Zing for Yellow! - lemon crosswise ...

In Siii aroma water with lemon flavor, aroma from natural lemons is used - which gives a light, fresh and natural lemon flavor.

The lemon was imported to the Danish court in the 1520s, but only gained a prominent place in Danish cuisine from the 1700th century.
The lemon is a fantastic versatile ingredient that can get the taste buds out of the chair! It can be used in the starter, main course and dessert. But you may have just tried salted lemons..?

If it was something, you can get the recipe here:

Salted Lemons

 Ingredients

  •     5 pcs citrons (organic!)
  •     3 dl coarse sea salt (ordinary coarse salt can also be used)
  •     water (only if you need to cover the lemons in the glass)

Equipment

  •     A jam jar

Here's how you do it

Rinse your lemons and dry them - set one lemon aside. Cut a cross in the remaining lemons lengthwise and cut almost to the bottom - it is important that the lemons still stick together.   

Fill your lemons with salt and also rub a little salt on the outside of the lemons.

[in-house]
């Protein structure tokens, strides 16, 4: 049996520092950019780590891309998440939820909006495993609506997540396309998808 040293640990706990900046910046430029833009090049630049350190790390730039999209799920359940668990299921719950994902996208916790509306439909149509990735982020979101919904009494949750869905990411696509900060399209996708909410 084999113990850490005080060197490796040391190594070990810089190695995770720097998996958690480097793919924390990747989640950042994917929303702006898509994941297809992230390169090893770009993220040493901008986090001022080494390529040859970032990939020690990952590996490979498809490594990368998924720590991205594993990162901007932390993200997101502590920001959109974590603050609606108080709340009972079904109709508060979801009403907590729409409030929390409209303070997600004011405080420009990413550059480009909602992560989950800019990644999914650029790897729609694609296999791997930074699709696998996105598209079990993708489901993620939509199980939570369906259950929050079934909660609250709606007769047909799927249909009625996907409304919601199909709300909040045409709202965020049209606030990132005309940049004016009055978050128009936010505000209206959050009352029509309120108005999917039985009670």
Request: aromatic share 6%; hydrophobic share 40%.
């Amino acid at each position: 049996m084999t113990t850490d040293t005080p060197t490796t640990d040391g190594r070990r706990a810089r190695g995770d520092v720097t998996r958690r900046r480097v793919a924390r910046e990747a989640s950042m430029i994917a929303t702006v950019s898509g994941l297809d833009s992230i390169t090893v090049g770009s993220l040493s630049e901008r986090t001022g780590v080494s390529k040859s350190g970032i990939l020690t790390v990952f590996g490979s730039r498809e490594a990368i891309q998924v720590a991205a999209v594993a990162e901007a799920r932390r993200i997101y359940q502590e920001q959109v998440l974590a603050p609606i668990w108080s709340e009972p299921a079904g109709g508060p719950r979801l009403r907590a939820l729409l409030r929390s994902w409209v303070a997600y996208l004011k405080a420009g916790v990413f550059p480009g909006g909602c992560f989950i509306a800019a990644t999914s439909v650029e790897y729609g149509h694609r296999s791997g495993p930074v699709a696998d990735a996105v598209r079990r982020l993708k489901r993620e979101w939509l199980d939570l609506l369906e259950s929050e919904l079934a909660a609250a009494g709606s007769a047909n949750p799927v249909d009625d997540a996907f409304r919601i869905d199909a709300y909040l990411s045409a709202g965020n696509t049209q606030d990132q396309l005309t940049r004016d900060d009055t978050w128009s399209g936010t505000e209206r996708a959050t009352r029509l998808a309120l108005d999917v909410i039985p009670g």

Now put the lemons in a scalded jam jar (you will find just what you have that fits best in size). Squeeze the lemons hard when they are in the glass - it is intended that the lemon juice should be squeezed out and the lemons should be very tight. Pour the rest of the salt over.   

Now take the lemon you put aside and squeeze the juice from it into the glass. If the lemons are covered in moisture, just close the lid now - if not, then pour a little more lemon juice or boiling water on top until the lemons are covered.   

Store your salted lemons for 2 months in a dark and cool place and turn them a few times so that the salt is distributed when you remember - from there they can be stored in the fridge, where they only get better with time.

Half-peeled lemons suddenly appear ...

The artfully peeled lemon, showing off its shiny flesh and spongy peel, was actually a beloved detail by Dutch "still life" painters in the 17th century.

But why did the lemon become such a signature element in the genre?

 

 

Mariët Westermann, Vice-Chancellor of NYU Abu Dhabi and historian of Dutch art, has the answer - -You can read James Langton's summarized version).

Or if you just happen to have a good hour to fill in, then you can also have fun Westermann's original lecture - there is an interdisciplinary story about the prevalence of lemon in botany, horticulture, art and trade in early modern Europe ... and maybe enjoy a Siii in the meantime ... the one with a taste of lemon of course ...